What I Learned from CEDIA Business XChange

You may have felt the winds of change last year as you walked by the new and much improved CEDIA booth at the “expo.” I remind you of all of this change as I nurse my sunburned face and arms on the way back from this years’ CEDIA Business Xchange in San Diego. The event—I describe to strangers is a management conference—it wasn’t really a conference at all. It was so much more.
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You may have felt the winds of change last year as you walked by the new and much improved CEDIA booth at the “expo.” Or maybe you noticed the new logo announced along with our trade association’s new branding strategy? Blindly, if you saw neither of the above, you must have at least heard murmurs (actually they were shouts) of change when Vin Bruno took over as our new CEO. I remind you of all of this change as I nurse my sunburned face and arms on the way back from this years’ CEDIA Business Xchange in San Diego. The event—I describe to strangers is a management conference—it wasn’t really a conference that at all. It was so much more. 

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Our time together began with an evening dinner cruise followed by a fun bonding activity. We were handed numbers as we boarded the boat that not only designated our table, but also our team for a scavenger hunt that ensued when we reached Coronado Island. The quest involved reaching out to strangers, taking crazy pictures near specific landmarks, and even the collecting sand from a beach. Although my team didn’t win (despite what we picked as our souvenir from the island—a picture of us all touching the ocean), it was a high-energy, impossible-to-ignore team-building, relationship-building event. (Side note: the winning team appropriately won on their team name, “It worked when I left.”) You get much closer to people when you’re trying to win a competition, than just sharing a drink, I promise you. 

Our first full day did have a more typical “management” class feel. The presenters brought into Xchange offered answers to what CEDIA members have been asking for years. This year’s event focused was hiring and retaining employees, along with a sprinkle of labor law—all pain points for our industry for years.

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In an effort to open up further topics later in the Xchange, we were given “dot stickers” and asked to place them next to topics on a grid that we’d like to discuss with others. The themes (Recurring Revenue Programs, Employee Incentive Plans, Project Management Tools) that received the most stickers became the “Idea Xchange”—moderated open conversations—on the second day.

But first, after a long day inside learning from author Mark Murphy about how to “hire for attitude,” we were once again divided into random teams (by hat colors sponsored by Z-Wave, and participated in the Beach Olympics. (I have not laughed so hard in awhile.) From disc golf, to having 12 people on a team balance a tennis ball on a ring only using long string, to brain games, these events used talents from everyone on the team. This time, we came in second place (I’m still demanding a recount!). The evening wrapped up with an outdoor BBQ and short film courtesy of Barco Residential (Nice projector, by the way, Barco!) and then beach fires were lit and admittedly some beer was consumed.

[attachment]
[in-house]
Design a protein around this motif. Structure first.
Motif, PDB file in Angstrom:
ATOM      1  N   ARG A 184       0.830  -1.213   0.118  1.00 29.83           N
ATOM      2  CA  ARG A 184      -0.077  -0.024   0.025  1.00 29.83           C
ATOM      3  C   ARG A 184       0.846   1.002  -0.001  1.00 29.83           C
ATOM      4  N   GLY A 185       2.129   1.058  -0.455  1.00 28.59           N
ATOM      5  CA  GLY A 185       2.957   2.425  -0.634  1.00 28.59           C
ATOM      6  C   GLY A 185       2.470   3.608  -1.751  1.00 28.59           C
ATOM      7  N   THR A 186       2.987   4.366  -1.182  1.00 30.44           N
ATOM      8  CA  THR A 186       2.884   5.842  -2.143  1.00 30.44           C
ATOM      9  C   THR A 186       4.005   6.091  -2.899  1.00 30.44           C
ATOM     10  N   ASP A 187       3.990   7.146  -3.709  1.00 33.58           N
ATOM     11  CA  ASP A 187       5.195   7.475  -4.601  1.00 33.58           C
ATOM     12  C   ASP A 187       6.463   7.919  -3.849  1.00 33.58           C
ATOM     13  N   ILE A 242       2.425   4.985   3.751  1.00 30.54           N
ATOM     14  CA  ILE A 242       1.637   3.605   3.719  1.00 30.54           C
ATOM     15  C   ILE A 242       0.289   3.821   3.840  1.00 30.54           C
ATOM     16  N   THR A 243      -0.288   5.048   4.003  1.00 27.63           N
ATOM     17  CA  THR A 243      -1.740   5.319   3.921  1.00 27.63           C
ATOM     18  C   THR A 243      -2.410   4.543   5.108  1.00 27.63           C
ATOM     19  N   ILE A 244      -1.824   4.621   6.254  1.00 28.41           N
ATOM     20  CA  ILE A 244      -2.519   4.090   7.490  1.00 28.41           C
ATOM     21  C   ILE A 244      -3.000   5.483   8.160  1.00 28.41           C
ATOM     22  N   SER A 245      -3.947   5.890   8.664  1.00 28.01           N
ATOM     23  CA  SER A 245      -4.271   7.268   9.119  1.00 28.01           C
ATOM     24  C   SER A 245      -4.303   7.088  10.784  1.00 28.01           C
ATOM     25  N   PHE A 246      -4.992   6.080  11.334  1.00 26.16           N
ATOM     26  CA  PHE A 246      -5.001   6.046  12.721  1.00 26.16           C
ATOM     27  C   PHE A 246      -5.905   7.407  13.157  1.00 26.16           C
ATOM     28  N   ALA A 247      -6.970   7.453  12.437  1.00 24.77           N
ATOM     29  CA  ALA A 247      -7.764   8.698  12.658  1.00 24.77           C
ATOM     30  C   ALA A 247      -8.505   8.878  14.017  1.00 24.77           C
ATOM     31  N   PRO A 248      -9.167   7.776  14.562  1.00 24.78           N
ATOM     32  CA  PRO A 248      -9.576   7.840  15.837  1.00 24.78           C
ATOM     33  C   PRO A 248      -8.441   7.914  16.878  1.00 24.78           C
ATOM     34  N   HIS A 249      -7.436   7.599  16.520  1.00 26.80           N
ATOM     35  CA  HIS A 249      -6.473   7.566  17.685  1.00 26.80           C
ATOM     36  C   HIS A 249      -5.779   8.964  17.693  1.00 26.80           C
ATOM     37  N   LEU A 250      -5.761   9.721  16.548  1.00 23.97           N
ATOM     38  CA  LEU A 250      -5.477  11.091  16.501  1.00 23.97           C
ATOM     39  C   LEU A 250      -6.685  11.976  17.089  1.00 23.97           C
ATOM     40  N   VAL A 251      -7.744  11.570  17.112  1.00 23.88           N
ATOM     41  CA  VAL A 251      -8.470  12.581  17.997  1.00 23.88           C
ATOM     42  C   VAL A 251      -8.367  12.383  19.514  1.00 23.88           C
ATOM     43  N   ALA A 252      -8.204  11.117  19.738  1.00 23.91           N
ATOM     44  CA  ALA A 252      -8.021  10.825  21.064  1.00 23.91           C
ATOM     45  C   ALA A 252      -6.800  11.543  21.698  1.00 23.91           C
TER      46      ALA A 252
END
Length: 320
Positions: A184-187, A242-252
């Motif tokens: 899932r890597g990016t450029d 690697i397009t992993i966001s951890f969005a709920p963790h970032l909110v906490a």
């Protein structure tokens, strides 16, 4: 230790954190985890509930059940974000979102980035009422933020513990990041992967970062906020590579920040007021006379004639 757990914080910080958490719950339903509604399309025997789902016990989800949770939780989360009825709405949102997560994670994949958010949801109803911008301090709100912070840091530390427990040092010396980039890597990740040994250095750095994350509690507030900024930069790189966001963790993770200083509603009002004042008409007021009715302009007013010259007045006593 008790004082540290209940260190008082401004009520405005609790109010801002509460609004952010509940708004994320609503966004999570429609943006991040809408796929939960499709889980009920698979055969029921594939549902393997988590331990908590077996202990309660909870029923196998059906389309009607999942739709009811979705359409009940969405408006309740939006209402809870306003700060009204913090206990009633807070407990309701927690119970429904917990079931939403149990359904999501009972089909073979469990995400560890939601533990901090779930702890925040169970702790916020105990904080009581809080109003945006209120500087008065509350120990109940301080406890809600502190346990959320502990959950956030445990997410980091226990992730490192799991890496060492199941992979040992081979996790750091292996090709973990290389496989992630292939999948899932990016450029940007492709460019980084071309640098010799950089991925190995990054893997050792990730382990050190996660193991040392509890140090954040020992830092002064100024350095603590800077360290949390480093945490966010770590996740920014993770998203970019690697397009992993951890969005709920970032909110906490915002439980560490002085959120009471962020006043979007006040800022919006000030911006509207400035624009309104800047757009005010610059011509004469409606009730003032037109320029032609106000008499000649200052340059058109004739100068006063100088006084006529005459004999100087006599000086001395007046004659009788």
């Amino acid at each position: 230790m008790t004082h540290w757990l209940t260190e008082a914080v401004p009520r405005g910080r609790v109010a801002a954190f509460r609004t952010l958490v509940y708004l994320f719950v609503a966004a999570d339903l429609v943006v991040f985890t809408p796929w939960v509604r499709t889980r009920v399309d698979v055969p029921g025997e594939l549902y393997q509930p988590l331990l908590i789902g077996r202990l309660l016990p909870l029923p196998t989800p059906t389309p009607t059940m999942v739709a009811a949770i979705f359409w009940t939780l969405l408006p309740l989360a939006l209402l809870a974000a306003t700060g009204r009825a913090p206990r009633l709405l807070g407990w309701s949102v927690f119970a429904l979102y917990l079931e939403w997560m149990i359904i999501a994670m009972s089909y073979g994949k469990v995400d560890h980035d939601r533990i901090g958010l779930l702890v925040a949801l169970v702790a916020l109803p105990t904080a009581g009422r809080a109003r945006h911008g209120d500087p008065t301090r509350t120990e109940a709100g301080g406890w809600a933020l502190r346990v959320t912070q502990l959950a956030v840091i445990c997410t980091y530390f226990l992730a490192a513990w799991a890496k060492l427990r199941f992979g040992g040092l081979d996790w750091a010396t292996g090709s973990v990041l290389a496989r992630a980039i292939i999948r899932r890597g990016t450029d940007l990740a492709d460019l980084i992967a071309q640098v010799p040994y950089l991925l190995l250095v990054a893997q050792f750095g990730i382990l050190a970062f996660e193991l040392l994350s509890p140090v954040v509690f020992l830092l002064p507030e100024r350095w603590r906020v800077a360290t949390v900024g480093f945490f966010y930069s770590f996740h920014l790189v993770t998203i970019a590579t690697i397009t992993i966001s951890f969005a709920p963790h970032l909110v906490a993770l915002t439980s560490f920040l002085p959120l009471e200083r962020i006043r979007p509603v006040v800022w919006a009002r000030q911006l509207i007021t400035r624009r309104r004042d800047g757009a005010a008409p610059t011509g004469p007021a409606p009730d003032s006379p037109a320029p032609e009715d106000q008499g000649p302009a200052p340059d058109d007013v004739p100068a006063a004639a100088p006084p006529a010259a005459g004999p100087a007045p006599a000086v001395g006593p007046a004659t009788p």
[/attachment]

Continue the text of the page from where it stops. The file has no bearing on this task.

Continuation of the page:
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Bright and early Friday morning our day started with a 7:00 a.m. breakfast followed by an 8:00 a.m. presentation by Kelly Hughes on the “Top 5 Employment Law Mistakes,” followed by lunch where you could play to win an Oculus Rift only after visiting each of the sponsor (the guy next to me won; see how close I kept coming to greatness?), and then those breakout sessions I mentioned above. One more presenter (Jana Anders on “Getting Good People to Stay” followed this.) If it sounds like a lot of, it was. The closing event was a trolley ride to Old Town San Diego and free shots, I mean tasting, of tequila. I will let the story end right there, but I bet tales will echo for years to come. 

Why is the “fun” important to the overall cause of CEDIA? Because it builds relationships, fosters friendships, and infuses humanity into the overall experience. This, in my humble opinion, is something desperately needed for the association to survive.

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To the small business/installer, CEDIA Business Xchange is not cheap. The event costs between $899-$999, not including travel and hotel costs. If you add up what you could take away from the event, however, you might come out ahead. This equals: bullet points for an employee manual (one company told me he paid his lawyer five grand for his); a tangible beginning of a recurring revenue plan; the proper way to hire (hint: know what you want in an employee first and who your company is), and then how to keep your new good employee. The “tangible” material you walk away with can quickly add up to over the amount paid for these few short days. And this still it does not include the connections you make at such an event that can last a lifetime. At about 125 people, it was easy to get to know everyone and reach out after the experience.

CEDIA is not just a trade show, and they are desperately trying to get that across to the industry. There’s no doubt that my friends over the last few days truly understand the community we have. Do you?

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